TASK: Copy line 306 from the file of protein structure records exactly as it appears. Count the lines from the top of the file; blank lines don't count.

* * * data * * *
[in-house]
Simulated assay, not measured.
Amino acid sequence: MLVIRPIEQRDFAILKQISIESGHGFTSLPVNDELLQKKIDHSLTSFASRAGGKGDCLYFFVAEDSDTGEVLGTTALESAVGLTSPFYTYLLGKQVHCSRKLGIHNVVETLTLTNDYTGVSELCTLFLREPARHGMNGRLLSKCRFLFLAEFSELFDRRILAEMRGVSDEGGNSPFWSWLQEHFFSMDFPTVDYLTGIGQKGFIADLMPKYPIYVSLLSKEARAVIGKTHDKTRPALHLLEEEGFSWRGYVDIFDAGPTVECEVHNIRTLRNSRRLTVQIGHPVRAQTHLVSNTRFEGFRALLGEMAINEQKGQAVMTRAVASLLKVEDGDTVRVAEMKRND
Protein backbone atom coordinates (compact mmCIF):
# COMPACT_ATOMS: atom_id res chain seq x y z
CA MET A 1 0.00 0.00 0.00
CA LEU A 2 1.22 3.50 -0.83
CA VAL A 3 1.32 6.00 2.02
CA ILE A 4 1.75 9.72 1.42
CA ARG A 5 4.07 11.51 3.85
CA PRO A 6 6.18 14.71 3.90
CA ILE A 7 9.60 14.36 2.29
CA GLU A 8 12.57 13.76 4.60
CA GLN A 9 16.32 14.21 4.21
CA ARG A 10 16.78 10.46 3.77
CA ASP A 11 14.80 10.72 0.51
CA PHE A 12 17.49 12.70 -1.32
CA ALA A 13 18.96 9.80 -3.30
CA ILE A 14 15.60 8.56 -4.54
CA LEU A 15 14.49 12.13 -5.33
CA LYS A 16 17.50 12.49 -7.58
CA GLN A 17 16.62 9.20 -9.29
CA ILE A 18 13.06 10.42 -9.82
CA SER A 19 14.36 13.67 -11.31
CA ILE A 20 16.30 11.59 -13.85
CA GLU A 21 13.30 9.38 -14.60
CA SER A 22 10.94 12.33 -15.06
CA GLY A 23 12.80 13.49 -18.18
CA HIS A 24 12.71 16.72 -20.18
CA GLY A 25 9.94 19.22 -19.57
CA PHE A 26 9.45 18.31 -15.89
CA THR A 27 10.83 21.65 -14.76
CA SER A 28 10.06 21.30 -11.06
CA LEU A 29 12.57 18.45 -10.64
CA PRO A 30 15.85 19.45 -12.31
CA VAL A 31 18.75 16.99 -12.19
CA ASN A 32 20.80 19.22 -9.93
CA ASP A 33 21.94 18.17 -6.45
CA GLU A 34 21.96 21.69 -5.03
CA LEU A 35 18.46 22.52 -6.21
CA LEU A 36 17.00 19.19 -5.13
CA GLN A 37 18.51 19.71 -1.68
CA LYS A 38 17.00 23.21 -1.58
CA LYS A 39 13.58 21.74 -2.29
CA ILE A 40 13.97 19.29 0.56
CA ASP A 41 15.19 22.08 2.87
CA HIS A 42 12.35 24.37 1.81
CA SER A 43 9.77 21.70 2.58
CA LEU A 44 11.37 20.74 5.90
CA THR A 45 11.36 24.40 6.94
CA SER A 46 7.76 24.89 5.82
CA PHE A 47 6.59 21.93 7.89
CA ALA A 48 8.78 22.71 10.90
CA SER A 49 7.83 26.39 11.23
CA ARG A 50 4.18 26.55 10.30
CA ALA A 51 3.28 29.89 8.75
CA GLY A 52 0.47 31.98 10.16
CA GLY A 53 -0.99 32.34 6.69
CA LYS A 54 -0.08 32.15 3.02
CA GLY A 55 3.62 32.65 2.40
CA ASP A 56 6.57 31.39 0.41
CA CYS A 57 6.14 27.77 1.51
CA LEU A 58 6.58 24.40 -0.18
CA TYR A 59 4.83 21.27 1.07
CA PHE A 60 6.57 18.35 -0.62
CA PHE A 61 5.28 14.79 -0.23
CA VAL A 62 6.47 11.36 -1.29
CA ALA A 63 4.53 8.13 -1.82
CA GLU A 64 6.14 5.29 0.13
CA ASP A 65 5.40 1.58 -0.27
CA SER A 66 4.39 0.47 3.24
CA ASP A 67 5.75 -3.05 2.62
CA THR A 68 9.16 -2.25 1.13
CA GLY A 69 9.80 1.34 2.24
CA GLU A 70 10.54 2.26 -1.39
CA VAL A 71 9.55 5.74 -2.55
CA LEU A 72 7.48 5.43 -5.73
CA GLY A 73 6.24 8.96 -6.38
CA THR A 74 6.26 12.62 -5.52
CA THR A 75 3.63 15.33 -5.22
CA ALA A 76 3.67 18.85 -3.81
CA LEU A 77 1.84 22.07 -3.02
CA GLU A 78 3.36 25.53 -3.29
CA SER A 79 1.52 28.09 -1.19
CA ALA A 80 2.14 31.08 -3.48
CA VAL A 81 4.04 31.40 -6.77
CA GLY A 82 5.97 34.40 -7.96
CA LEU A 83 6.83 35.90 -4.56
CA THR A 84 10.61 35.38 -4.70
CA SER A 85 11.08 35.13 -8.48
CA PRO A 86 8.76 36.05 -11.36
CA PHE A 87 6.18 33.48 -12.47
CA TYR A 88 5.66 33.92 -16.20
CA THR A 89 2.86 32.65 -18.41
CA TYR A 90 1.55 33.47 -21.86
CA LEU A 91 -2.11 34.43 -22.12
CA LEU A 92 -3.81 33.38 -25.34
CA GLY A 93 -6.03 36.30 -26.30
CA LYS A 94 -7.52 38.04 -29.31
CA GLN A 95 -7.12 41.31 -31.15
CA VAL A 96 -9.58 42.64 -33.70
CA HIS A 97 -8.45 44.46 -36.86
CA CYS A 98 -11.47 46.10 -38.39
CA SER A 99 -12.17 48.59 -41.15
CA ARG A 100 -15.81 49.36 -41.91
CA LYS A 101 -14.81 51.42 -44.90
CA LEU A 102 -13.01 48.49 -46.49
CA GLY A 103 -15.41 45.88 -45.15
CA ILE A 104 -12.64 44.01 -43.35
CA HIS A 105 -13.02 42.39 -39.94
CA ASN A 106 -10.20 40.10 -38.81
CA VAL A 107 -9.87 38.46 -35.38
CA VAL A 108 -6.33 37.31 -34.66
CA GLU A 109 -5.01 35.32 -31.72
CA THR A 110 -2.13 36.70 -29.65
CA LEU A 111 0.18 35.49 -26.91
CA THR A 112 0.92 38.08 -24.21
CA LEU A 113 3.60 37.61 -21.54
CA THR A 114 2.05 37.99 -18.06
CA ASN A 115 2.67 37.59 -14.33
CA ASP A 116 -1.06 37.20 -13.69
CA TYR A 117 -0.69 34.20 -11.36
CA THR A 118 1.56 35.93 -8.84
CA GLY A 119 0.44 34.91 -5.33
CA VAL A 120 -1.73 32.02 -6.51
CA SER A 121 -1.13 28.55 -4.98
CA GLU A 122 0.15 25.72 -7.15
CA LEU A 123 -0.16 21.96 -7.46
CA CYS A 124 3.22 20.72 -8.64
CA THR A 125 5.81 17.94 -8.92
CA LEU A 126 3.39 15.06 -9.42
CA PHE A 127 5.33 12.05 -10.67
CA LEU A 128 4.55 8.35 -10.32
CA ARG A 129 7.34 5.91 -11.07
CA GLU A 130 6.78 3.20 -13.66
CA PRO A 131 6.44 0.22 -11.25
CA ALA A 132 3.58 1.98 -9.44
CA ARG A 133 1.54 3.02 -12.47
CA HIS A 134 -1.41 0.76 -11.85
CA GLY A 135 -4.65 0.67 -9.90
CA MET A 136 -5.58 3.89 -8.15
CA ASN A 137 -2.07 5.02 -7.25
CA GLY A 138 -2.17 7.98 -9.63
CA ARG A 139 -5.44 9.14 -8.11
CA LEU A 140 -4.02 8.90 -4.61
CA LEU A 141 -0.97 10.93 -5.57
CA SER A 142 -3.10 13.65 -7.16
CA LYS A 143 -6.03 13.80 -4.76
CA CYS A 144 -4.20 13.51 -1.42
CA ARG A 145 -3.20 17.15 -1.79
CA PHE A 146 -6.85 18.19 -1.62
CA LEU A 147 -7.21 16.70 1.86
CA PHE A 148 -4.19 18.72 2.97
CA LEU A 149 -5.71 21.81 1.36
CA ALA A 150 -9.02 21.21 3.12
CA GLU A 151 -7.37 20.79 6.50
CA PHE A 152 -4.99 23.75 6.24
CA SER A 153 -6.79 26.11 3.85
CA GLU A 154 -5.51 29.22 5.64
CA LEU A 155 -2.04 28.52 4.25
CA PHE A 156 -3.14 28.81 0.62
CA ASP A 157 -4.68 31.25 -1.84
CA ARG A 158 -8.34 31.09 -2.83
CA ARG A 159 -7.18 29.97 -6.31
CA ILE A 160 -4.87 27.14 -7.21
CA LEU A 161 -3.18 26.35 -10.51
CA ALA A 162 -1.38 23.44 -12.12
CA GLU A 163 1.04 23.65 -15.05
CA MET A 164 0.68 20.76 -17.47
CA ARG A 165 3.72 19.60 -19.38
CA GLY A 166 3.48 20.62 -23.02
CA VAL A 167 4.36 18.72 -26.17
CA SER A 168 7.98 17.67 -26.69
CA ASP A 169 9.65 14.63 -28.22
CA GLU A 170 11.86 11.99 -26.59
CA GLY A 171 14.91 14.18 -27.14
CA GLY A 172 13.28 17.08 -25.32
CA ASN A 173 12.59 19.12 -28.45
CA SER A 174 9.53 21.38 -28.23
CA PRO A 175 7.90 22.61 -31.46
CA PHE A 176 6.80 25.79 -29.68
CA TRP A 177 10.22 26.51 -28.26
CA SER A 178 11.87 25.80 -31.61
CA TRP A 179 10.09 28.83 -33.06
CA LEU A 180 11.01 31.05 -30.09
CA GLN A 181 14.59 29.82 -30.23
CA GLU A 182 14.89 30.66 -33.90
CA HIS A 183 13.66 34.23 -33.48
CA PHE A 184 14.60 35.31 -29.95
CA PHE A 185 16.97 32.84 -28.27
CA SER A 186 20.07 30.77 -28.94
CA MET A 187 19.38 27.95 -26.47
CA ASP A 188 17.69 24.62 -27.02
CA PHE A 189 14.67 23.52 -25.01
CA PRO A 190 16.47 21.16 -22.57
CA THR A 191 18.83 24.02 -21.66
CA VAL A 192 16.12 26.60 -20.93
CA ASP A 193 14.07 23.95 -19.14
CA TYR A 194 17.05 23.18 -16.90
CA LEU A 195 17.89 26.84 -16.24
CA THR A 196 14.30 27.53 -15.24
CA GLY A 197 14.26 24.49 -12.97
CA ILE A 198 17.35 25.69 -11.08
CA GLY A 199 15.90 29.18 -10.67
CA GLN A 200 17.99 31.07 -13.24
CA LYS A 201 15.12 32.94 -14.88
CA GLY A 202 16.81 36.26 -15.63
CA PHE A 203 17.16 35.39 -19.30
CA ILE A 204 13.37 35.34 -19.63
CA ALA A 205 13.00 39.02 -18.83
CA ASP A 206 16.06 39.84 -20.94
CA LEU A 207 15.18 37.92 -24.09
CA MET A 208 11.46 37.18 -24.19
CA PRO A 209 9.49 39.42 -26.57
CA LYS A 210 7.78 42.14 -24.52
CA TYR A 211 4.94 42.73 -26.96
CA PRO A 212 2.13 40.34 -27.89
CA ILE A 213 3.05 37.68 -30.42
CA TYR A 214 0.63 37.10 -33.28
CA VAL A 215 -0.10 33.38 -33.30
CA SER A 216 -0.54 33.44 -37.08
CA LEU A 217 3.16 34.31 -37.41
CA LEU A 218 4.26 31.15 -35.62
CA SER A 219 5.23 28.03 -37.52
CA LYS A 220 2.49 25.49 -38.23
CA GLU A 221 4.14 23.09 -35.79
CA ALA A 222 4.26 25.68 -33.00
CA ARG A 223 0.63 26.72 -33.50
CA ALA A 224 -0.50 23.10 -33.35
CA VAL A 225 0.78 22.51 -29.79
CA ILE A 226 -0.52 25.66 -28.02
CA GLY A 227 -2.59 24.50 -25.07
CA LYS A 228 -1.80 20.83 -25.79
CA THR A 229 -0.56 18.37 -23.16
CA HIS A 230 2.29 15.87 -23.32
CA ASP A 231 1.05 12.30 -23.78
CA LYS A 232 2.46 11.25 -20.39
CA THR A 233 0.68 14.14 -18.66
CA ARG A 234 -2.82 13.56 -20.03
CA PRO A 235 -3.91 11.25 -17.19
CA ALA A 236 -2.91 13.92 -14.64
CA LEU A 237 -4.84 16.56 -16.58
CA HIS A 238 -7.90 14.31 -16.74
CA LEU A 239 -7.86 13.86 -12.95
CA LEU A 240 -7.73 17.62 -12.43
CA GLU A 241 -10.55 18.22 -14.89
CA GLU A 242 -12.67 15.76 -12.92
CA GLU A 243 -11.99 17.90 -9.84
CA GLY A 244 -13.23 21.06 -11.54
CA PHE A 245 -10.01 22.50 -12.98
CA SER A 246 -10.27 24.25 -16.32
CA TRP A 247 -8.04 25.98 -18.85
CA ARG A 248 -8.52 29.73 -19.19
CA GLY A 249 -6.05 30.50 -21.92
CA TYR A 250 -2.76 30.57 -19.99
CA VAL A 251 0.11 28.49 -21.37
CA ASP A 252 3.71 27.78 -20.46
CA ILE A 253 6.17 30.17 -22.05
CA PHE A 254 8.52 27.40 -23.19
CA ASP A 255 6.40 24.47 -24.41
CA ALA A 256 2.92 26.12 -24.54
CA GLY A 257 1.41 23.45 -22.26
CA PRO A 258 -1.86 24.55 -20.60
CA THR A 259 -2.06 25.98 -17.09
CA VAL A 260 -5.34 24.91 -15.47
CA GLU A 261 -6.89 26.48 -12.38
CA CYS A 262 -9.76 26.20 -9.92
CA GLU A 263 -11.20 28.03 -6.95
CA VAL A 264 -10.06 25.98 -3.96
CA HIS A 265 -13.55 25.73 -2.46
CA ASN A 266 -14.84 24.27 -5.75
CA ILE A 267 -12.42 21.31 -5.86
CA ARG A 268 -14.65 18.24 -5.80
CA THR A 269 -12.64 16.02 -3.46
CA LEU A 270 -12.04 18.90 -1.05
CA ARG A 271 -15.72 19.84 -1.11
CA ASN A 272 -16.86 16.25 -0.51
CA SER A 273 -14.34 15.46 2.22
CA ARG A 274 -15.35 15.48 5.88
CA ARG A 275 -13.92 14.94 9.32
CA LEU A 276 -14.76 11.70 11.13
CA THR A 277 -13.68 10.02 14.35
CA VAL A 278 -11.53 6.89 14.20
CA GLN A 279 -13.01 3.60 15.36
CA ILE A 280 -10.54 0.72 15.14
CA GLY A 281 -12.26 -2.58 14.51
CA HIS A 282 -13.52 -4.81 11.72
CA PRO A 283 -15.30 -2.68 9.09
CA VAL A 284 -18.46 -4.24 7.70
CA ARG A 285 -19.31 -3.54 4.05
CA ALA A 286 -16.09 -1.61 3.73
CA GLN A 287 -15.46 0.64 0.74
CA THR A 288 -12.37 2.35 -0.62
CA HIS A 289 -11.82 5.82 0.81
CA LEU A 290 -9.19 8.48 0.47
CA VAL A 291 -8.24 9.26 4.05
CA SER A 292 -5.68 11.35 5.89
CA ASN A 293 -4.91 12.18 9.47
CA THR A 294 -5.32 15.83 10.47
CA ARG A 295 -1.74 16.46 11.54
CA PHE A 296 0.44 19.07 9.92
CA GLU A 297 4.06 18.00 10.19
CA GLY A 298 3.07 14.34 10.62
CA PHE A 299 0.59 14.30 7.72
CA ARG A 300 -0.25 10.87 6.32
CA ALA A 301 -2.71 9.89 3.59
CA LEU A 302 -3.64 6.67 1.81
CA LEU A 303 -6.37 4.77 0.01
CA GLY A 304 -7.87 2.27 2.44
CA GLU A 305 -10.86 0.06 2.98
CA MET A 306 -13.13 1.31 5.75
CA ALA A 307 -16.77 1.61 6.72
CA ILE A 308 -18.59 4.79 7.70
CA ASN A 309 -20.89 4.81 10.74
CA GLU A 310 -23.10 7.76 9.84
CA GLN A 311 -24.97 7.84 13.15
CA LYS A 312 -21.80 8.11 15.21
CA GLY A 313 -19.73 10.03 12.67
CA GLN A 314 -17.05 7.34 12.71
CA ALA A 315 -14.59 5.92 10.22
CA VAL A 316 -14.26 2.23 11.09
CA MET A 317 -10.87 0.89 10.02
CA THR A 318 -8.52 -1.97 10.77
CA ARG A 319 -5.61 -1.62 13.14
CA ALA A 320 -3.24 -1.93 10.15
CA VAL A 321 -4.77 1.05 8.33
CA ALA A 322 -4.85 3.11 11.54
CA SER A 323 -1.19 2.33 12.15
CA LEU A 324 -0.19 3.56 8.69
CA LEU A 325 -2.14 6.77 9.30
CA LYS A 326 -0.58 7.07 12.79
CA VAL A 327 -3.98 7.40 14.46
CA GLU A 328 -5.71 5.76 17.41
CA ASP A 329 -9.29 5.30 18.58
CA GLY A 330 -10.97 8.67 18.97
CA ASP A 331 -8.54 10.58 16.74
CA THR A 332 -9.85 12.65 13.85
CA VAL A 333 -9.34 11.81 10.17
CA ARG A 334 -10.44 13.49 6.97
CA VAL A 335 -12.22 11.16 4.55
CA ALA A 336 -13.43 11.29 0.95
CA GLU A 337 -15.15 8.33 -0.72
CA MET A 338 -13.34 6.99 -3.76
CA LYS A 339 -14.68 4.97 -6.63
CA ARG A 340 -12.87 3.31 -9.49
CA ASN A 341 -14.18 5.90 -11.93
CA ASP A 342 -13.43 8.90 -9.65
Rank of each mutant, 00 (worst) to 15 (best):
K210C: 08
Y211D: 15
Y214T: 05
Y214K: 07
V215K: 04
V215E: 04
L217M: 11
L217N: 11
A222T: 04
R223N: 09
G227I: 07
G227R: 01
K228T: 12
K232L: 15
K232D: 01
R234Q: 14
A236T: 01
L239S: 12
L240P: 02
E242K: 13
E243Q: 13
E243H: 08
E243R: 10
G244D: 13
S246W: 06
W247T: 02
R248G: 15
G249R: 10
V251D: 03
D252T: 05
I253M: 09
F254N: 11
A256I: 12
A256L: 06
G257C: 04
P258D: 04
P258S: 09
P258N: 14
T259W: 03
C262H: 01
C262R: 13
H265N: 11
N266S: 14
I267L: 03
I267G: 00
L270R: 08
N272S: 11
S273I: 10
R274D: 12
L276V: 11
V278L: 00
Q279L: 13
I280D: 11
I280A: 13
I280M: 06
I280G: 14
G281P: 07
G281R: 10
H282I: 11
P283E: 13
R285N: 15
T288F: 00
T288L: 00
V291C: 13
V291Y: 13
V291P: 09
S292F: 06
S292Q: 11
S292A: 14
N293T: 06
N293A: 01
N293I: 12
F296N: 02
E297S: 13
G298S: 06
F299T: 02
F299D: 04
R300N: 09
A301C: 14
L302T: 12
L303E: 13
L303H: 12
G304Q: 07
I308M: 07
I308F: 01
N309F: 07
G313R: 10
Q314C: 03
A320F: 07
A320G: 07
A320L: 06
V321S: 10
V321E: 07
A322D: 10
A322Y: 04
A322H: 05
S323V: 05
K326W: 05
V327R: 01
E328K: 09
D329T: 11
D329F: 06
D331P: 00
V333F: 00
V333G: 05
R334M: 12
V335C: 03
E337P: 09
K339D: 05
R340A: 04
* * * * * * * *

CA ALA A 301 -2.71 9.89 3.59